Journalist Lydia Matata On Working At A National Newspaper, The Importance Of Taking Risks And Her Transition Into Film Making

How did you get into Journalism?

“Real’ Journalism began when I was hired by The Star Newspaper. For three years I worked with this amazing team on the online desk and wrote articles for another amazing group of people in the Features department. Prior to The Star, I did some reporting when I was in University but I think the real journey began with books. I’m a book dragon (I refuse to call myself a ‘bookworm’).

The natural progression of that, I think is wanting to be a writer. I wanted to be as good a writer as the one’s I had read. So at first, my goal was to be ‘Lydia, the best-selling novelist.’  Then I realized that before I get that huge book deal, I should probably find a way to feed myself, hence Journalism school.

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Abigail Arunga Talks Quitting Her 9 -5, Freelancing and Publishing Her First Book

How and when did you get your start in Journalism?

When I was 19 some guy broke my heart. I wrote a poem about it; as I tend to do with most major events in my life. I sent that poem to the editor at True Love. They edited and published it. Does that count?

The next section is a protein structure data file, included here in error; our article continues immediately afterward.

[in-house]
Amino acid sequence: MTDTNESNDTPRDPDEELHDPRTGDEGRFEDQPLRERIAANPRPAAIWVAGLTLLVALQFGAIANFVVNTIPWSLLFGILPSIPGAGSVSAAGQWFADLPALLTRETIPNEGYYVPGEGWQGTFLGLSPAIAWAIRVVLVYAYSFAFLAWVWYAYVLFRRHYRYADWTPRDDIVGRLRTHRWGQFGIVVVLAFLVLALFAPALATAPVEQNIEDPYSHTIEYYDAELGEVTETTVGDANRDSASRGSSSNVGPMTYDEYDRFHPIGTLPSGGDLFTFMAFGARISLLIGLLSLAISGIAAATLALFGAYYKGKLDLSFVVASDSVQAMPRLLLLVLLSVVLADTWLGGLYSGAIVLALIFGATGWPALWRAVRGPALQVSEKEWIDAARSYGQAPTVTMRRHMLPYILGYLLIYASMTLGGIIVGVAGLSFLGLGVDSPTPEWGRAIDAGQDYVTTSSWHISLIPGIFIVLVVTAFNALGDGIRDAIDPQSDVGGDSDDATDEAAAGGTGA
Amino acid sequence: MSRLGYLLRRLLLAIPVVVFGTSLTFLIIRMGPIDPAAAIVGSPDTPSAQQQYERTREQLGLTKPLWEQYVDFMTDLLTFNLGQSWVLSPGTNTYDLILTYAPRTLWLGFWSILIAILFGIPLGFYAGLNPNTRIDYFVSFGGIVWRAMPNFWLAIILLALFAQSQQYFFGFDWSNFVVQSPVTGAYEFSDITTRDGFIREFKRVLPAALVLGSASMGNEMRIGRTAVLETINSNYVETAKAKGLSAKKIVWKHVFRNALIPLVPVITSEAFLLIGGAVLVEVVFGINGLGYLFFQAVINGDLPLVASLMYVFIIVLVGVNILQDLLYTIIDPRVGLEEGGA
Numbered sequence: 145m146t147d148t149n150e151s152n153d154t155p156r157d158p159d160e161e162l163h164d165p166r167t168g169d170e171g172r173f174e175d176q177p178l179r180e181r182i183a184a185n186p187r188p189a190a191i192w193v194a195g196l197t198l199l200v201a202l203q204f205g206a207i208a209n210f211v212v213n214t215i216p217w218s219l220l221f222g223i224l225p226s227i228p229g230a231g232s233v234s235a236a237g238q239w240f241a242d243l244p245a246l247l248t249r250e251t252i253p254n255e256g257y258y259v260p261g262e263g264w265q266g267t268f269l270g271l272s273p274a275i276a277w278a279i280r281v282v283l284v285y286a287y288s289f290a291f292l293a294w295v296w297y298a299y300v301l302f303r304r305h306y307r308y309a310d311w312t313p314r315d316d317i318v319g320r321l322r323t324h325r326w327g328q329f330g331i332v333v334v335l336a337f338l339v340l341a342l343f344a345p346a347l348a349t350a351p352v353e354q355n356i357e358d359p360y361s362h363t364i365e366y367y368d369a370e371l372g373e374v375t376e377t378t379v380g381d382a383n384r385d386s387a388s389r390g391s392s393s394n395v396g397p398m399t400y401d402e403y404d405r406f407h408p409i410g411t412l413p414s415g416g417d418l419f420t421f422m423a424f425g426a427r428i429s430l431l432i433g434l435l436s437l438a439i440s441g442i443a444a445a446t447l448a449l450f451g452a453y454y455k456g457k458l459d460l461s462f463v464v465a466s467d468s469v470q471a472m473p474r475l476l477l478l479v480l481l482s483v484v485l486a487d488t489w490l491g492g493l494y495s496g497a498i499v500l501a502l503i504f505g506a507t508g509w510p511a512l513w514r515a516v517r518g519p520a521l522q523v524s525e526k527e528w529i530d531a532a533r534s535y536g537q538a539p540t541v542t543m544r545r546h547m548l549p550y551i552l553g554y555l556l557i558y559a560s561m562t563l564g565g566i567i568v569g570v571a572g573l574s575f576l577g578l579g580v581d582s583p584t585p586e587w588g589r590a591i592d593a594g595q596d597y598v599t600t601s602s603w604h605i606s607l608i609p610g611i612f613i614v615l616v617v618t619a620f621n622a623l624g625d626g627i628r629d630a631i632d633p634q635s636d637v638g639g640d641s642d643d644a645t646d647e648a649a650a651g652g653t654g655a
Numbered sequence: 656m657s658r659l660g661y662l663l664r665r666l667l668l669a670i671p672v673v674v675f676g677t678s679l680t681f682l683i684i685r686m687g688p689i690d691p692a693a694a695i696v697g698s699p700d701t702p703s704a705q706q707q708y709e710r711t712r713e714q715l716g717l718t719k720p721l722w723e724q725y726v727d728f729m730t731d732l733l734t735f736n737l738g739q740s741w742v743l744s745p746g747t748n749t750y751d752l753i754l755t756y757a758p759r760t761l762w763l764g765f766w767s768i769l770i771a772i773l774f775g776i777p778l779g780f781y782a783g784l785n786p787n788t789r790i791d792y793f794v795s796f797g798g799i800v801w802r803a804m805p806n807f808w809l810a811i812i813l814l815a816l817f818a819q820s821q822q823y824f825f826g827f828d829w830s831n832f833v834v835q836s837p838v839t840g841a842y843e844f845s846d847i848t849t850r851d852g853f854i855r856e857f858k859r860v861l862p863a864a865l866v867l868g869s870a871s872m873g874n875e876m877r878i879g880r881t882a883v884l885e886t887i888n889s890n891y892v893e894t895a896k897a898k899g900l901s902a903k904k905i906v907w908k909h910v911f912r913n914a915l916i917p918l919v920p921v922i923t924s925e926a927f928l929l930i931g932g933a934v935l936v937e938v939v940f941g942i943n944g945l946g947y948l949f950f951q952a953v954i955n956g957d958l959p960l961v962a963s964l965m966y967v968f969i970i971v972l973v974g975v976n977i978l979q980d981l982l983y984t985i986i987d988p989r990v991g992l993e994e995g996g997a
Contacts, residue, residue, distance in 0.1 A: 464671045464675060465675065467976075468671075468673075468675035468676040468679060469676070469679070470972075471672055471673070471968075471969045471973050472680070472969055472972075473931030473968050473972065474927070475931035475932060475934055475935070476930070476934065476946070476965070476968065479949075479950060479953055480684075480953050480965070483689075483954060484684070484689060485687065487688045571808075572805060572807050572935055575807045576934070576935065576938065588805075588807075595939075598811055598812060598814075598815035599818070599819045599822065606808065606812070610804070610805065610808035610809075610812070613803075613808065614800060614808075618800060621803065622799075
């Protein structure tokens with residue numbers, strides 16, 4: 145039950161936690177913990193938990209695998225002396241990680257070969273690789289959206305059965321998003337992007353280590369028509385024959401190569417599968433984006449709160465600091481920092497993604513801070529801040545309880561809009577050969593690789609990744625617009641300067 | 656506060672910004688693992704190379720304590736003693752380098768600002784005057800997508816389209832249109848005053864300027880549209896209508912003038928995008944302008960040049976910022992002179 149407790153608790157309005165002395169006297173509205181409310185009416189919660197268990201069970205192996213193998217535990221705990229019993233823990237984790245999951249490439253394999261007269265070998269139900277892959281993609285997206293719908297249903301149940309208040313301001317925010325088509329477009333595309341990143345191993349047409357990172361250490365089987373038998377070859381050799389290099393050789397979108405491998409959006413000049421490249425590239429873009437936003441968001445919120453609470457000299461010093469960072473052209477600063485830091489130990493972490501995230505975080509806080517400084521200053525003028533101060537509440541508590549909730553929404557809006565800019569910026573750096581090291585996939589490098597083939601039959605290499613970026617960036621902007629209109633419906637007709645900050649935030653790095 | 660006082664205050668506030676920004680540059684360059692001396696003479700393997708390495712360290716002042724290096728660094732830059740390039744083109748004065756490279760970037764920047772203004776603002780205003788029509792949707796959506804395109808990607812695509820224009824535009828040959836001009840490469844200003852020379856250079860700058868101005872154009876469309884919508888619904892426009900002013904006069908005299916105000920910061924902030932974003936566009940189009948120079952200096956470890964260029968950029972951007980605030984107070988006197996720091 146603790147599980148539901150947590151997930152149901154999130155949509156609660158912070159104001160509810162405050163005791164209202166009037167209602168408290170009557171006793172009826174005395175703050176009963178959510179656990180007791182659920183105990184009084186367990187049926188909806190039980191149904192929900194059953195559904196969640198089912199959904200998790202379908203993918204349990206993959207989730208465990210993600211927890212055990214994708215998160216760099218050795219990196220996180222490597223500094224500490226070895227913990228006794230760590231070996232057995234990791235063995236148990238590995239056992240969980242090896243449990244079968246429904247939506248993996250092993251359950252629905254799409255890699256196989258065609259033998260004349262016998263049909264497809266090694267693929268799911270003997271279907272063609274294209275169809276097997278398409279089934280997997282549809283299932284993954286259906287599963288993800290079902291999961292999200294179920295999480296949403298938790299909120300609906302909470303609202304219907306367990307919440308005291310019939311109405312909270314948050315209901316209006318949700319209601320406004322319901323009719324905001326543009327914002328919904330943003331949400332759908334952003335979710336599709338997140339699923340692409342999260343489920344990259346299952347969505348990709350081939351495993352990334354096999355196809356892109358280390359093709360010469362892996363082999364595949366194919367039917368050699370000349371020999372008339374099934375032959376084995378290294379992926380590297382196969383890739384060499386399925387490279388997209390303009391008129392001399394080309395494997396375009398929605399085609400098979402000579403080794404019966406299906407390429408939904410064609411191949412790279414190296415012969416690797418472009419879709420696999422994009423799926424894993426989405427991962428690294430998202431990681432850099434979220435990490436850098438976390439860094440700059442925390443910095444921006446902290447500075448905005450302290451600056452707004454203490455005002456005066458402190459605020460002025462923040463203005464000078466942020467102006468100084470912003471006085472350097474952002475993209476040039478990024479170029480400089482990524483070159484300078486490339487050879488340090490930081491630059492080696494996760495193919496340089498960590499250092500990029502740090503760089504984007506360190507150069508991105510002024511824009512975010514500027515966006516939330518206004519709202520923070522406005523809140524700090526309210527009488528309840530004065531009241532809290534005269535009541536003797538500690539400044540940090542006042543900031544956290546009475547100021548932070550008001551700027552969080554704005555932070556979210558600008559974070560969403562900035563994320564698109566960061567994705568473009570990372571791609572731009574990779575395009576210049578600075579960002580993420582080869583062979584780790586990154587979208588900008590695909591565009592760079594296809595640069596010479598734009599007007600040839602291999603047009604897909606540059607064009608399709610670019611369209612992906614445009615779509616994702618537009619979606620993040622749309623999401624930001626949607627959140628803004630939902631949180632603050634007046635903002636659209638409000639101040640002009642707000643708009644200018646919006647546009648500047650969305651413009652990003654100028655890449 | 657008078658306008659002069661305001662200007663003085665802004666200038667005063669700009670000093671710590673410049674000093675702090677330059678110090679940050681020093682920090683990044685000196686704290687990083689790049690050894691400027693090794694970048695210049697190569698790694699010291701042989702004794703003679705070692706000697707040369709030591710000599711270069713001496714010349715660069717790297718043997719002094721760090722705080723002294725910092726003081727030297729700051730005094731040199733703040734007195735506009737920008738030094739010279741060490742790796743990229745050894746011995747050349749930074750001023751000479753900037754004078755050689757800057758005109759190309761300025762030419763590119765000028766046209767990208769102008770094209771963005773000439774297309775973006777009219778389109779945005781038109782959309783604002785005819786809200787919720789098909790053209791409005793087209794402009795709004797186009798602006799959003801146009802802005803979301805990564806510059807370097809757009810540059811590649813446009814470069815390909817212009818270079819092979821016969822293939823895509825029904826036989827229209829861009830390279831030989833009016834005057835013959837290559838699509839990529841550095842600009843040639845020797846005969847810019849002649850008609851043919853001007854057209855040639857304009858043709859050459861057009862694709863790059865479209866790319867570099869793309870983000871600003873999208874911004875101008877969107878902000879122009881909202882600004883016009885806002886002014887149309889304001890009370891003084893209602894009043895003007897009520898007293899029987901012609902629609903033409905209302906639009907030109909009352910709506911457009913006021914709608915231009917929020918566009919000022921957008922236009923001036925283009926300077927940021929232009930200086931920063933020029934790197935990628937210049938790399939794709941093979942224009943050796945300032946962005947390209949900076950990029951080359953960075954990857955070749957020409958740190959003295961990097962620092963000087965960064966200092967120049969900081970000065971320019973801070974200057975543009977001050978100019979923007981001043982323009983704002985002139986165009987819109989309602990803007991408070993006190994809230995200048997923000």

Where did you study and did you find a job immediately after school?

I was at USIU. I studied Journalism and graduated cum laude. Yes, I have to keep reminding my parents about this when they complain about my solitary degree. I started working, kind of, as an intern at Storymoja, which is a local publisher. It was my dream at the time. All writers want to publish books – or at least, the ones I know do, and working at a publishing house was pretty much the ultimate dream. I did that for a bit, started a blog and kept bothering people with the URL until Dorothy Ghettuba, the founder of Spielworks Media read a link I sent her and hired me as a scriptwriter. So yes, less than 6 months after graduation, I had a job.

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